Shelby Klomp ’20, Physics

Posted on July 24th, 2017 by

Shelby Klomp is a sophomore physics major at Gustavus. She first became interested in math and science in middle school, when she had a great teacher who taught both art and math. From there, Shelby found herself continually drawn to math and science, saying “I was successful in it and I liked it”. Physics seemed to her like a way of combining her love of math and her love of science. She doesn’t know exactly what career path she wants to pursue, but she knows that she will major in physics and see where it takes her.

Shelby has many gifts and talents that make her well suited for the physics discipline. Math has always come easily for her, and it seems to her like her brain just works in a way that makes mathematical thinking feel natural. She is also inspired to pursue science by her mom, who has her master’s degree in math and engineering. Shelby says that the fact that her mom, who was one of very few women in the field at the time she was getting her degree, was able to achieve so much helps her to remember that “it was possible then, so clearly it’s possible now”. Though she does already notice that she’s in the minority in her physics classes, she hasn’t let that gender imbalance discourage her from her chosen major.

In addition to her passion about physics and science, Shelby considers her faith and beliefs very important to who she is. She was raised Catholic, though she doesn’t know if she necessarily completely defines her faith by that label anymore. Shelby says that the core of her religious beliefs are that “everyone should be equal, you should fight for other’s rights, and you should care about others even if they don’t do the right thing”. She doesn’t feel that being religious makes her unusual in her discipline, especially at Gustavus, referencing the wide variety of religious beliefs held by both faculty and students in the physics department. In fact, through an organization on campus, her current physics professor drives her and other students to church on Sundays.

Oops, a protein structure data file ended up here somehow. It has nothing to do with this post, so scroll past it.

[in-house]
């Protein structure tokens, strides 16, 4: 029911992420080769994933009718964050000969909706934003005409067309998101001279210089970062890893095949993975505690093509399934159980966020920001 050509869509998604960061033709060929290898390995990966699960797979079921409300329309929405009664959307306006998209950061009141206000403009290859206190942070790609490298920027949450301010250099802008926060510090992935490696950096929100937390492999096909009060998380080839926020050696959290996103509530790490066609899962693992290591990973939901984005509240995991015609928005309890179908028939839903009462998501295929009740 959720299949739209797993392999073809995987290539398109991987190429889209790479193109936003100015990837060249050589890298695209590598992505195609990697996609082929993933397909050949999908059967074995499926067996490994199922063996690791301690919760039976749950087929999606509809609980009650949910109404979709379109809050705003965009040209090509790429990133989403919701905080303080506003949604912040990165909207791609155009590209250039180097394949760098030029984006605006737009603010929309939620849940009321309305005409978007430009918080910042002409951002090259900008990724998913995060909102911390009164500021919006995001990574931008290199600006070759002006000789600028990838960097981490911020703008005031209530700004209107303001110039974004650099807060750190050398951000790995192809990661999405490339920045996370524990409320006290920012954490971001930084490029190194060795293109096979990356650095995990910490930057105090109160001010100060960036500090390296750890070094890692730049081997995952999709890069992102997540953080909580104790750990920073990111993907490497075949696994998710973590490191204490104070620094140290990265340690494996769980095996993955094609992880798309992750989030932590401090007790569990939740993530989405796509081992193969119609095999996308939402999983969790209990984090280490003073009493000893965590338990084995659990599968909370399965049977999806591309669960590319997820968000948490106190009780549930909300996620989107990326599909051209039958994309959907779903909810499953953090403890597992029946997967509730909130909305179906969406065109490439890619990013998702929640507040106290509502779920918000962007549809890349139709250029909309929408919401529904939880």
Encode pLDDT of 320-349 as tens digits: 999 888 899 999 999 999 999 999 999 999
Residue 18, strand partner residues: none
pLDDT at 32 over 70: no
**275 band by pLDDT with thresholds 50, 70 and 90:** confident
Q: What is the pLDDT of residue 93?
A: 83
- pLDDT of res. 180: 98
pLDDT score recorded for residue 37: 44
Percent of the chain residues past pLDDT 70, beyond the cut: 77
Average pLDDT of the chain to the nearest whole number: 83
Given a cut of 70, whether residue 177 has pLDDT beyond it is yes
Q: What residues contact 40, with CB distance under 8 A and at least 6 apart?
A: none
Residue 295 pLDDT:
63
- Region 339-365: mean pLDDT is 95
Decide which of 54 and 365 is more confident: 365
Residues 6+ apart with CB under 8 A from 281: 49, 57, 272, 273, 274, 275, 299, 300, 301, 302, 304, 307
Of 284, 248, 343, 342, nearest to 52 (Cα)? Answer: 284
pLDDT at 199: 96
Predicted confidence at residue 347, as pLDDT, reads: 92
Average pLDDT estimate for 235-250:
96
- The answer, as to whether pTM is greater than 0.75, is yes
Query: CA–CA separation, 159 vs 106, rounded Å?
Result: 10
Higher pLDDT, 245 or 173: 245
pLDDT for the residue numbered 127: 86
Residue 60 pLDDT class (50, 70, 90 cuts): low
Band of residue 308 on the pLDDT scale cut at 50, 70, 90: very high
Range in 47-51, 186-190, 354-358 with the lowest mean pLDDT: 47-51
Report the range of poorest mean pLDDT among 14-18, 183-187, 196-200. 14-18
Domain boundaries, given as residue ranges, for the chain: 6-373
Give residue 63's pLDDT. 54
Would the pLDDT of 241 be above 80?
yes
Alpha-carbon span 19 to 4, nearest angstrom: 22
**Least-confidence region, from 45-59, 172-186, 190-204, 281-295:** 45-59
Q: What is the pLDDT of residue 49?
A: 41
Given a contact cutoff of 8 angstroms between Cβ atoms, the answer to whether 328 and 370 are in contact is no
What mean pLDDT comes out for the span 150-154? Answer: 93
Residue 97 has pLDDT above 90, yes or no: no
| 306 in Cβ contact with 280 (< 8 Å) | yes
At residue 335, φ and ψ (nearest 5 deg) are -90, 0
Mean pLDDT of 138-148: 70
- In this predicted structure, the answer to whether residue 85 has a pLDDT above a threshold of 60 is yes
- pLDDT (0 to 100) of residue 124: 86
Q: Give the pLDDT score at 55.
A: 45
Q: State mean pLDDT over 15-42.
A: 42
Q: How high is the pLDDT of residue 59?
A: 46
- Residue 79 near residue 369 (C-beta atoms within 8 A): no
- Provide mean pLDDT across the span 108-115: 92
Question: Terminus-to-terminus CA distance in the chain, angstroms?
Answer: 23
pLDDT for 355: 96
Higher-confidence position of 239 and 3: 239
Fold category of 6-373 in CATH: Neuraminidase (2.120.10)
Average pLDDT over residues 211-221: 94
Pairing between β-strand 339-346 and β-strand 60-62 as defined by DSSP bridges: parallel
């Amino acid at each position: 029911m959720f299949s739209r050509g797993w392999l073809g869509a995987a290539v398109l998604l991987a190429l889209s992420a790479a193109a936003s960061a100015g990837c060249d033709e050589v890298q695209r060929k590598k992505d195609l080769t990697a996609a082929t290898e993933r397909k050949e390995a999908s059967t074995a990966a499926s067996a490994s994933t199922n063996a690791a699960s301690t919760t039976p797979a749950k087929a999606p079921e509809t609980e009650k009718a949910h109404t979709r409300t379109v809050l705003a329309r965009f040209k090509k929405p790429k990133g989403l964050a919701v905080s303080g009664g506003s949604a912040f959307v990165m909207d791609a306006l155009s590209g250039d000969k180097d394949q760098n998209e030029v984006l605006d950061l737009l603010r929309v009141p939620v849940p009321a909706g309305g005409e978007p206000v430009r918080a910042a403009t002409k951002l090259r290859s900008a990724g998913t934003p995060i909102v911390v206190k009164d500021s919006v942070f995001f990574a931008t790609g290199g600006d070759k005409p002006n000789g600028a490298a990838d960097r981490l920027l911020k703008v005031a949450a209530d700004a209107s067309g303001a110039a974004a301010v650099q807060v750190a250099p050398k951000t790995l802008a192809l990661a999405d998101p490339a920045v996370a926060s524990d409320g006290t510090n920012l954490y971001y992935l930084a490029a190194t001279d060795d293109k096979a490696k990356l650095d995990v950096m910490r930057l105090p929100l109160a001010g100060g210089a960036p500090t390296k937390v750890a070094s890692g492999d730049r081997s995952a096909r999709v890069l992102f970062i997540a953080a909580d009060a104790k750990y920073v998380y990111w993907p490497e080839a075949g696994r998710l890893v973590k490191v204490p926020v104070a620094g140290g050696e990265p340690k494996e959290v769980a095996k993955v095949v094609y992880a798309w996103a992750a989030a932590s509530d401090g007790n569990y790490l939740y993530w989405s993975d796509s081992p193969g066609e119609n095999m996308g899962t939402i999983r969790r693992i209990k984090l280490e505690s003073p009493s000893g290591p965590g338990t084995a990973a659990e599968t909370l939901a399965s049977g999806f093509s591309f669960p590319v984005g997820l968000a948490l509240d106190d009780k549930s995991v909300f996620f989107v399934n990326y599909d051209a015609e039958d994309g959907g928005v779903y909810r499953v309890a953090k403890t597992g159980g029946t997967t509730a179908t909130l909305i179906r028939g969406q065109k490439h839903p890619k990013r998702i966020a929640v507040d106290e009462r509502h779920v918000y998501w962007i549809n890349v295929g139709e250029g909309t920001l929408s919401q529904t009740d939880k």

The interactions between Shelby’s faith and her scientific interest play out in many different ways in her life. She doesn’t consider science as fundamentally opposed to “the core beliefs” of her religion, but there are some areas, especially politically-charged ones, where she feels that she might not agree with the majority of the people of her faith in part because of her confidence in science. While she personally struggles somewhat with some of these conflicts, she doesn’t see science and religion as irreconcilable, either in her own life or in society in general. However, Shelby’s religious beliefs have changed as she has pursued science. Coming to college and being exposed to a wide range of classes has given her a chance “to think about what I actually believe in”, and because of this she has shifted what she believes on some topics. This introspection, informed in part by her scientific major and classes, has clarified her values and her faith, but she hasn’t felt like she’s being pushed to give up her faith and her religious identity.

In many ways, Shelby considers science and her faith to be two separate parts of her life. She says that she doesn’t “let them overlap a whole lot”, and that because she doesn’t see any major issues or conflicts between these two important parts of her life she lets them coexist, but doesn’t necessarily seek out topics or issues where they might influence each other. Shelby believes that this might in part be because of her experience in school. She went to a private Catholic elementary and middle school, and she says that while “a lot of people think that means that they brushed over science, or altered the science”, at this particular school “they were very good about actually teaching science as fact, and not leaving any science out, but also teaching religion in other classes”.

However, Shelby does think that her faith might have subconsciously influenced in some ways her scientific interest and pursuit of a physics major. She says that physics is essentially about figuring out how the world works. If you believe, like her, that God has influenced how the world works, then physics can be seen as a way to “delve into” God’s work. Because of this, her scientific interest and pursuit of her vocation may in some ways be informed by her faith. As Shelby put it, you can see physics, and science in general, as a way of learning about God.

 

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